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NEW YORK: Some of the world’s top money managers are betting on a post-pandemic spending boom that will boost real-world companies as economies reopen and people go back to their normal lives.
Investors from Aberdeen Standard Investments Inc and GAM Investments to UBS Asset Management are increasingly pouring money into companies where face-to-face interaction is the norm – things like travel companies, restaurants, off-line shopping and “consumer experiences.”
“A lot of people are estimating this is really going to lead to a new ‘roaring 20s’ theme, ” said Swetha Ramachandran, the manager of GAM’s Luxury Brands Equity fund, referring to growing views that post-pandemic spending will hark back to the excesses of the 1920s. That’s when euphoric consumers piled into a wave of spending after the first World War and the 1918 flu pandemic. “There will be a lot of peacocking” as people start socialising, she said.
Investors began piling into cyclical stocks that benefit from an economic rebound late last year following good news on the vaccine front, while pulling back from high-valued technology stocks. The rotation accelerated as Treasury yields rose in mid-February. Now with stimulus checks wending their way across the US – the beneficiary of half the US$2.9 trillion (RM12.02 trillion) in savings amassed globally during the pandemic – consumer stocks are in for an even bigger pick-up.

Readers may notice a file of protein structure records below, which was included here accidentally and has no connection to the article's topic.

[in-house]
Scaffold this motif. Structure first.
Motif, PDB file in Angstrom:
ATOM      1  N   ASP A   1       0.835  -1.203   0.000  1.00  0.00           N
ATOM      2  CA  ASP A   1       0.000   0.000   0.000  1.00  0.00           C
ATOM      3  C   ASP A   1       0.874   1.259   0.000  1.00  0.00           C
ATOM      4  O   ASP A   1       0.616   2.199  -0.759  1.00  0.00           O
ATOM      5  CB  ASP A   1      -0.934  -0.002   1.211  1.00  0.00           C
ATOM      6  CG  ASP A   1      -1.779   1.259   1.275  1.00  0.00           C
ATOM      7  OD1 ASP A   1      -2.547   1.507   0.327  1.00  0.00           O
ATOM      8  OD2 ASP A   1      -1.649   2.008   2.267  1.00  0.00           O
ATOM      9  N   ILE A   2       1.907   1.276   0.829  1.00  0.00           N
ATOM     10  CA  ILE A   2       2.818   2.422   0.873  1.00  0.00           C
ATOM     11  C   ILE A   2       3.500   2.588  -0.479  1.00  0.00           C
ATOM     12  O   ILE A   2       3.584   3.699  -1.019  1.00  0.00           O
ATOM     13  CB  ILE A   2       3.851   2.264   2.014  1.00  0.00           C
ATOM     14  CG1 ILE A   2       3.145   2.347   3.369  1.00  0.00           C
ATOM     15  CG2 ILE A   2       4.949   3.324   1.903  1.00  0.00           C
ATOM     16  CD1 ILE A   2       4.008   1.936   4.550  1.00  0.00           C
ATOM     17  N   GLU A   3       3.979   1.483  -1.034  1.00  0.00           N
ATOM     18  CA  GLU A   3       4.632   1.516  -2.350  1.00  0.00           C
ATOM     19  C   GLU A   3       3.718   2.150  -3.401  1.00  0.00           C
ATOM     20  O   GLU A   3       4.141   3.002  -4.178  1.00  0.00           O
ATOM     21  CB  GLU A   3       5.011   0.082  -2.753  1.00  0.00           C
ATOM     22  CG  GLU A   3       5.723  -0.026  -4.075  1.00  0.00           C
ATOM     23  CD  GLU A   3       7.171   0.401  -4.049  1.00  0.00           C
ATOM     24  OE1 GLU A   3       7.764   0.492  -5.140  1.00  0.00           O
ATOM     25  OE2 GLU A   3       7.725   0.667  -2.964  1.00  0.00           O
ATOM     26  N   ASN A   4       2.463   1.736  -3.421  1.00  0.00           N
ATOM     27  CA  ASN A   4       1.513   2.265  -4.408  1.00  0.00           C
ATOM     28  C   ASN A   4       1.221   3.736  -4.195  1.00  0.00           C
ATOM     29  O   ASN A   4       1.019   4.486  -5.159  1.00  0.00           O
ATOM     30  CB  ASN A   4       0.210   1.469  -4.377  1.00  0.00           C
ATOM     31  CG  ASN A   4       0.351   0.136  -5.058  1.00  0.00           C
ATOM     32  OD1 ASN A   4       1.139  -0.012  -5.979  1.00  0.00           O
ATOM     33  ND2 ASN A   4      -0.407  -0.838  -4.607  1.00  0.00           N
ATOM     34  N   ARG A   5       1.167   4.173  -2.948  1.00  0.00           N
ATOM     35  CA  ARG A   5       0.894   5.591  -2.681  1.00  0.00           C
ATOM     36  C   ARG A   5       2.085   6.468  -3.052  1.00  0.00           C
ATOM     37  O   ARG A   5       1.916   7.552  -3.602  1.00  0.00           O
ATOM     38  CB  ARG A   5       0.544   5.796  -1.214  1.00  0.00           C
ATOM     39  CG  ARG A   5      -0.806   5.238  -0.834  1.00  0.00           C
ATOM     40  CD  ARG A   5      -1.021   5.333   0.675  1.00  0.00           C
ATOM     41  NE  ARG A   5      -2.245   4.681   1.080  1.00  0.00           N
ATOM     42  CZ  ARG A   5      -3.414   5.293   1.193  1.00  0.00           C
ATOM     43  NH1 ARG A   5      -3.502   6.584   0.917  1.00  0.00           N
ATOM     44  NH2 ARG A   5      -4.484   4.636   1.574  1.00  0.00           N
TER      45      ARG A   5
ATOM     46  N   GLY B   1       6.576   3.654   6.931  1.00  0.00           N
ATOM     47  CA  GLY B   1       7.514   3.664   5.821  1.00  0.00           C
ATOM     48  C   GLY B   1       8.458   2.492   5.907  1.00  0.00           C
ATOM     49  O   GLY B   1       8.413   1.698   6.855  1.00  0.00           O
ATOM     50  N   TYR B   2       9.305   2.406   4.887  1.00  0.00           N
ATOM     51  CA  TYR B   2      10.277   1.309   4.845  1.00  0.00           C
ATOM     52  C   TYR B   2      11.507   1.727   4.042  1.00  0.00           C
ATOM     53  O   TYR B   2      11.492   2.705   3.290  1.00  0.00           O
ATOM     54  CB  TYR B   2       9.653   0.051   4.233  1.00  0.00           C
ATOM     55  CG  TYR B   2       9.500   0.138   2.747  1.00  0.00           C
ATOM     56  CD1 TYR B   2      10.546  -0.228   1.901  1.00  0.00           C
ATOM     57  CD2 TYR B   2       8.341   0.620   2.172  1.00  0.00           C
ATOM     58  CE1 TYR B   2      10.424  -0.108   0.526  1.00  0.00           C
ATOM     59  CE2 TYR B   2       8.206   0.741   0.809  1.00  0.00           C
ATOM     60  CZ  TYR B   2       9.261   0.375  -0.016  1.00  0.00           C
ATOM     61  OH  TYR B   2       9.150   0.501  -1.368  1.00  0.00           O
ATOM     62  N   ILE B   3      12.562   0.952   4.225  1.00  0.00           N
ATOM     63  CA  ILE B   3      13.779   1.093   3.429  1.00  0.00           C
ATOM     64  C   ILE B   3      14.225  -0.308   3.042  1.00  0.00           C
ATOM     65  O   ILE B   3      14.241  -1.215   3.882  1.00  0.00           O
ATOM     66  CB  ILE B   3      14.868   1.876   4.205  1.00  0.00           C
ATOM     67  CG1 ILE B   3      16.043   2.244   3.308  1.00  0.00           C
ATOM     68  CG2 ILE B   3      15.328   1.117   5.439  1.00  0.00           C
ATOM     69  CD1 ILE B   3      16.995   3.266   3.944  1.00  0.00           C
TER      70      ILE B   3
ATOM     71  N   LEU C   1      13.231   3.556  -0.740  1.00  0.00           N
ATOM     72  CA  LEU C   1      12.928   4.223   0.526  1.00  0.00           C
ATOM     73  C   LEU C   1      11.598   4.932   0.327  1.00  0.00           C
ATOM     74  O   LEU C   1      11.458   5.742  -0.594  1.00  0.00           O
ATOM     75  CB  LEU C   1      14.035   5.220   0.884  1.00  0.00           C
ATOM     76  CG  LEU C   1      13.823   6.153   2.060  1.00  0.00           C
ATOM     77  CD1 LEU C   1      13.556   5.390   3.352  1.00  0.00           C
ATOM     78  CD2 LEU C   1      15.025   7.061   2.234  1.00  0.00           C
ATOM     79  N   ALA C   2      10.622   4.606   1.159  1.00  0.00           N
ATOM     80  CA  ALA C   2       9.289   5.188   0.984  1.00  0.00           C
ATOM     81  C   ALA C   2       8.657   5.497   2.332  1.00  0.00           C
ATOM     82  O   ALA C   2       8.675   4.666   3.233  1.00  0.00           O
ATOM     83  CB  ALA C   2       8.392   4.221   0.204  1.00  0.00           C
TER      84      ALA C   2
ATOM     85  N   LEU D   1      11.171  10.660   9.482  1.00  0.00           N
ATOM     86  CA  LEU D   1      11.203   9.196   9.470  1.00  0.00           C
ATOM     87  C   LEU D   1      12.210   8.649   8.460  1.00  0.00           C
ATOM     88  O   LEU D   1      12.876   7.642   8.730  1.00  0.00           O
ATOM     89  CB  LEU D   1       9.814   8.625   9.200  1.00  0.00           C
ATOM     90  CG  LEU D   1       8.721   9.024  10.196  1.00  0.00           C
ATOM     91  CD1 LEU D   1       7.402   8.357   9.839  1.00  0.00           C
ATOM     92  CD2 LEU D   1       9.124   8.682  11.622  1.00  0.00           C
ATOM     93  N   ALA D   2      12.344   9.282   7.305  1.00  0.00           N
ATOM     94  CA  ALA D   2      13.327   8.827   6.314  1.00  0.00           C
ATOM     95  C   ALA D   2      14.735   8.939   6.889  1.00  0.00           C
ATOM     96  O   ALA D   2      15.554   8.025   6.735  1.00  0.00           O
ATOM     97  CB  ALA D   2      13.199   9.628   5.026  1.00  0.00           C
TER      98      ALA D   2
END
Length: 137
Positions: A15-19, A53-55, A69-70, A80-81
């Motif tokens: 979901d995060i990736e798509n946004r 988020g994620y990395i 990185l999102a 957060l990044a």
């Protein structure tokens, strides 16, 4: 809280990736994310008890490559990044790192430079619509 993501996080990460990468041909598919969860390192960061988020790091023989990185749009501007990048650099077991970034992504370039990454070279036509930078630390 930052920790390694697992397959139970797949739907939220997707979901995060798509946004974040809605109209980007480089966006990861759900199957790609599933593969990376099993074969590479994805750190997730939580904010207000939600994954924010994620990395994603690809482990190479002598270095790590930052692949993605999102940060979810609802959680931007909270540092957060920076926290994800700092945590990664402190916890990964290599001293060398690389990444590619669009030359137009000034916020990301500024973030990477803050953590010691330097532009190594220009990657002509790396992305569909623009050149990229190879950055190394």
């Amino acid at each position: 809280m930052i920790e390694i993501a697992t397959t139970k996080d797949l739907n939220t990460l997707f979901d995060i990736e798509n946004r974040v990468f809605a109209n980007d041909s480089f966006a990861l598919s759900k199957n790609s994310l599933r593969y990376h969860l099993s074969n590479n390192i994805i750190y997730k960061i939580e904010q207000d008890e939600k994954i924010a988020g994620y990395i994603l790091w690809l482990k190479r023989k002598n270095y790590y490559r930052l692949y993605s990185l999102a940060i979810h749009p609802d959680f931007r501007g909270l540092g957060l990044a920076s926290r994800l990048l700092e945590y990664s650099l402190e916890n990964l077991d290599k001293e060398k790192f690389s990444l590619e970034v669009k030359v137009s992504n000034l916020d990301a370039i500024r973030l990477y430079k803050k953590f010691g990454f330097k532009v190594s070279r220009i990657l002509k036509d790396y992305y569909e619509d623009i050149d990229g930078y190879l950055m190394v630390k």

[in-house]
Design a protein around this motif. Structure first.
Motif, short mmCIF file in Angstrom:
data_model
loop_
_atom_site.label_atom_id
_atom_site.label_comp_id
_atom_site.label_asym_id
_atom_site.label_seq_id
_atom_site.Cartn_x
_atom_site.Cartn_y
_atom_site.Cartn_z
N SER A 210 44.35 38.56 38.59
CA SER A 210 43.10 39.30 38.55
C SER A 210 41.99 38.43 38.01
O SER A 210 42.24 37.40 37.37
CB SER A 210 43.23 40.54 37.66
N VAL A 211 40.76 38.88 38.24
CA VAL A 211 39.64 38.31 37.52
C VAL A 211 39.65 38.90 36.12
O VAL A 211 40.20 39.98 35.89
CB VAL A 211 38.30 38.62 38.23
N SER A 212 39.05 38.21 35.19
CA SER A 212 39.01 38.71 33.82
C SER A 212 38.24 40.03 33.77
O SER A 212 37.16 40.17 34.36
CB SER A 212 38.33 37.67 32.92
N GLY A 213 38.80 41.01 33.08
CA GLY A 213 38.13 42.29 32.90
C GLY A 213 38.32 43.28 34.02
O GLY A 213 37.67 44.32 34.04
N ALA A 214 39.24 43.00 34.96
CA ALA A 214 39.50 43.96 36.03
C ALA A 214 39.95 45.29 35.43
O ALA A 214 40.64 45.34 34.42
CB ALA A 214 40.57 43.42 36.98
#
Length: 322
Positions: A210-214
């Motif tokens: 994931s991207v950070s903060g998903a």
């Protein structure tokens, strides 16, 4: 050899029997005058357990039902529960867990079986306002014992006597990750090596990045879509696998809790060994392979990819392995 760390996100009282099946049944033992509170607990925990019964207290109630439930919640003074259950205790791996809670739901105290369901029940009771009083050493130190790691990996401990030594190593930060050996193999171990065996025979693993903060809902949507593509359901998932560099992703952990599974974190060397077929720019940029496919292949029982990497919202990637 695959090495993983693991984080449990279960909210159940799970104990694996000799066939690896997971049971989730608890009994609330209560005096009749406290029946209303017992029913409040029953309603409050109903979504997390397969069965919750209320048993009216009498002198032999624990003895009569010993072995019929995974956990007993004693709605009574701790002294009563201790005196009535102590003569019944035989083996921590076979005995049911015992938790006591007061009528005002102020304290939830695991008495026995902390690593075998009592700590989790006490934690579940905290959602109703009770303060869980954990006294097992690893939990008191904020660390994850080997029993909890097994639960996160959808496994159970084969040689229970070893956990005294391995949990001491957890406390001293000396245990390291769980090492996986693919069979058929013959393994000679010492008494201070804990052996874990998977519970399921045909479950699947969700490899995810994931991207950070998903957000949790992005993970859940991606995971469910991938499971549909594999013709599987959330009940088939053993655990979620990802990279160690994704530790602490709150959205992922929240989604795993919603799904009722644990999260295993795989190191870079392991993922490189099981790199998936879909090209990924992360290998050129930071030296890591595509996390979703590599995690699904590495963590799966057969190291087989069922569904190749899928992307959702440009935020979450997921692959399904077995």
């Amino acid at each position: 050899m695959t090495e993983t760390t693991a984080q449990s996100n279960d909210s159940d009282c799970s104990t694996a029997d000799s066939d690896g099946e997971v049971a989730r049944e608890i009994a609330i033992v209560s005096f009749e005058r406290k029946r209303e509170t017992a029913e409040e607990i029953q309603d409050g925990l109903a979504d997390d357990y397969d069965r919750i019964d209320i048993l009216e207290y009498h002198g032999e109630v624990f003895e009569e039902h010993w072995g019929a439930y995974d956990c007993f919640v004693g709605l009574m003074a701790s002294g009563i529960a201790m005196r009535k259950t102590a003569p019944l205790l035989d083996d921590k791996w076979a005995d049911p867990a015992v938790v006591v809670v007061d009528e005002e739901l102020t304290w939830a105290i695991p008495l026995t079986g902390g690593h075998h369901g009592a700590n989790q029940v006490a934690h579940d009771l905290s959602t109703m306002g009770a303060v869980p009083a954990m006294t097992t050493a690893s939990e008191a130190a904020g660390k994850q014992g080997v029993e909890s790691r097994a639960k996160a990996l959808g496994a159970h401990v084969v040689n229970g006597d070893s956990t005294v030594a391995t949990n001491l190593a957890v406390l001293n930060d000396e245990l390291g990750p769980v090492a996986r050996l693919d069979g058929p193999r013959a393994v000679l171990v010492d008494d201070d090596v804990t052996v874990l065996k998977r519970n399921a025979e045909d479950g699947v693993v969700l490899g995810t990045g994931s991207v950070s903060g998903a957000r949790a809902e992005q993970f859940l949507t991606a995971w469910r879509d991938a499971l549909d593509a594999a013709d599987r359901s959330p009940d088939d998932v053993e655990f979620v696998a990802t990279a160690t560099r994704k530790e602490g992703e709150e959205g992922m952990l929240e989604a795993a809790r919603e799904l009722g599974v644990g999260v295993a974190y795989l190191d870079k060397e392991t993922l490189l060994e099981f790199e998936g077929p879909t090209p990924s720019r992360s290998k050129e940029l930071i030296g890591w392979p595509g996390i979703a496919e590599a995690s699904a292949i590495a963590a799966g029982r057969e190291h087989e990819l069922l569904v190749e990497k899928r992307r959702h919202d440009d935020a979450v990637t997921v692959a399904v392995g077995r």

To be sure, no one’s saying that the pandemic is near-over. Europe is facing a slow vaccine rollout, with renewed restrictions on day-to-day life in some countries, while the seven-day average of new US Covid-19 cases has soared, showing that cases stateside are rising again and threatening a return to normal life. Digitisation is here to stay – no retailer is going to go back to a pure bricks-and-mortar world.
But a short-lived shift into consumer discretionary stocks in November, when the “reopening” trade became fashionable, has room to catch up. A sub-gauge of global energy shares is the best performer by sector since the end of October, up 53%, while the index for consumer discretionary is only 17% higher.
In fact, the gauge for global consumer discretionary shares is expected to return 17% over the next 12 months, according to Bloomberg-compiled data, while the S&P 500 index is estimated to rise 12%.
“People want to travel. They want to see family that they haven’t seen in a long time. They want to go out with friends, ” said Donny Kranson, European equities portfolio manager at Vontobel Asset Management. — Bloomberg